Lady Margery Corbett Ashby would have been dismayed. More than eight decades after she helped to win votes for women, only a tiny fraction of them have reached the top levels of British business.
Yet 30 years after her death, the percentage of women on the boards of FTSE-100 companies is a dismal 12.5 percent, and you can count the number of female chief executives in the FTSE-100 on one hand (yes, that’s five). In the FTSE-250, there are even fewer: just 7.8 percent. A long-awaited report from Lord Davies, former trade minister and ex-chairman of Standard Chartered, has called for 25 percent of members of British boards to be women by 2015, but stopped short of suggesting quotas.
While from a low base, it is apparent that real change is underway. The Financial Reporting Council (FRC) is considering amending the UK Corporate Governance Code to require listed companies to establish a policy concerning boardroom diversity, including measurable objectives for implementing the policy. It may require them to disclose annual summaries of the policy and the progress made.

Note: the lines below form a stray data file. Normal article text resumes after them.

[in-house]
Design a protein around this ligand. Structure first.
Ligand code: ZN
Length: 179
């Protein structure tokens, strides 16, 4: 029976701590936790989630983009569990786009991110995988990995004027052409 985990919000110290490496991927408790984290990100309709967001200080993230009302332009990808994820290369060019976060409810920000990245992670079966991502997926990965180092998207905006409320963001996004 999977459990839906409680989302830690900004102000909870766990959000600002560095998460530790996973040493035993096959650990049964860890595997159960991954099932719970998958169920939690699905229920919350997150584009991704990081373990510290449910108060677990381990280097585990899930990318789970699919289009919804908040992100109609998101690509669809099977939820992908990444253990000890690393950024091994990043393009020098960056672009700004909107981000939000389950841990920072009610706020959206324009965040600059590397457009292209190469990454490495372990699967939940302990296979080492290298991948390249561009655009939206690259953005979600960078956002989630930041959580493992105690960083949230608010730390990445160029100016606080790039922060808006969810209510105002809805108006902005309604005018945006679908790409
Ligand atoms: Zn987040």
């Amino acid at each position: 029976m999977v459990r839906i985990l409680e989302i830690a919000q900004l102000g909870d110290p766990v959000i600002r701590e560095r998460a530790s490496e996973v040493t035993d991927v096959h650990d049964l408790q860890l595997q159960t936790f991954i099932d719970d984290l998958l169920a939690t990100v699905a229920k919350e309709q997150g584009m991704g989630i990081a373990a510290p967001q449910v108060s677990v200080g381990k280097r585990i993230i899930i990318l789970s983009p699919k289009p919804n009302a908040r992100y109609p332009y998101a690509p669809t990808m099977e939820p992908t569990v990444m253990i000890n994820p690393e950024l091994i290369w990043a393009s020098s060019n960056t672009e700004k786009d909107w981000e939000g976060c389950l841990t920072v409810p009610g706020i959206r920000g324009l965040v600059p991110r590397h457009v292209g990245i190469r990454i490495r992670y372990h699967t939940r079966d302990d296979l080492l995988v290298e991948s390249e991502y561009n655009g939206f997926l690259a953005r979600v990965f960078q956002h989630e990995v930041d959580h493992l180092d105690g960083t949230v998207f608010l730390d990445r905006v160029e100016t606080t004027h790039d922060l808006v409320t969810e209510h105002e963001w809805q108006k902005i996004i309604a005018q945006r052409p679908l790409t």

Dinosaurs must die
However, there is still a disconnect between possible changes to the code enforcing compliance and current attitudes.
“The situation now compared with 10 years ago is that the number of women in executive and non-executive positions has barely moved,” says Aidan Bell, consultant at the chief financial officer practice of Spencer Stuart. “Companies have it higher on the agenda - but in reality, very little has changed.”
One can only imagine what Lady Margery would have thought of events at a recent City dinner. One guest, perhaps lulled by good food and wine and the vast preponderance of men in the room, delivered what another called “an unbelievably Neolithic perspective” on women in the boardroom.
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